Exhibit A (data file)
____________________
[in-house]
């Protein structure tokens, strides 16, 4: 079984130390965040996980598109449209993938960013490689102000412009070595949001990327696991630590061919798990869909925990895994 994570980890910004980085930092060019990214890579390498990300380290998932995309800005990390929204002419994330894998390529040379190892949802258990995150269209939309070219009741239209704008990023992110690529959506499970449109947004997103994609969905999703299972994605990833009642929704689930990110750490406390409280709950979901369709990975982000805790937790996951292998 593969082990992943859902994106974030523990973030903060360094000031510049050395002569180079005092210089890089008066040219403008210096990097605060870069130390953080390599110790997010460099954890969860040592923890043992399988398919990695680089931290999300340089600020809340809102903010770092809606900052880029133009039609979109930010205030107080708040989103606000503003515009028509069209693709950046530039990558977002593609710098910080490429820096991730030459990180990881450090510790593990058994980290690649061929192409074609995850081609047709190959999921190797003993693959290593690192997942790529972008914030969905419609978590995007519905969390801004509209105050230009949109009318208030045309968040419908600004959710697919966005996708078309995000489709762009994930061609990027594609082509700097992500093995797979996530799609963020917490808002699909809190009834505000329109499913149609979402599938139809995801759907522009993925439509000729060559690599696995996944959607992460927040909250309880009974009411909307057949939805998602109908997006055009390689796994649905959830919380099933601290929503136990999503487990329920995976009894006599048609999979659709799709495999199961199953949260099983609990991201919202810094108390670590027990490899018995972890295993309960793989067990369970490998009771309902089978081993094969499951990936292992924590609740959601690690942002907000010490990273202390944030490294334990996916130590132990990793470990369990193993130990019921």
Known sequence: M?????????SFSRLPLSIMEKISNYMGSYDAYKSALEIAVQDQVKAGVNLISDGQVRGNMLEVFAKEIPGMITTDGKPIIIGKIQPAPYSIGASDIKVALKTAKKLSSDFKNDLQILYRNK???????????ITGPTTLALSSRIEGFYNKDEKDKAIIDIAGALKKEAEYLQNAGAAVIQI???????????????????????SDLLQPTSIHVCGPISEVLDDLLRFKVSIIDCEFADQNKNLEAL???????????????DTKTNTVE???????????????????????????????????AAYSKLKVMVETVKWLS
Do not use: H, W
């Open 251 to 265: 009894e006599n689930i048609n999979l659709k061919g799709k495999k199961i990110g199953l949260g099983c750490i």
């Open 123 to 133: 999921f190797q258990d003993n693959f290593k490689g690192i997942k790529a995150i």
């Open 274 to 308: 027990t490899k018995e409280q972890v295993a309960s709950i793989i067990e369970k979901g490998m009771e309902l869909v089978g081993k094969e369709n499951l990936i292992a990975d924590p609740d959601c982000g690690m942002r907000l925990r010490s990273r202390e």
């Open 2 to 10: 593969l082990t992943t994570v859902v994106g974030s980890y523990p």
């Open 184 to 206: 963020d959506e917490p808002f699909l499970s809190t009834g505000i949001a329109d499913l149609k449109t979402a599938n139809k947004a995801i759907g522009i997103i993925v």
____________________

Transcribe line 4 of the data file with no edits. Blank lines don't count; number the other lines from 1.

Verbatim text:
Do not use: H, W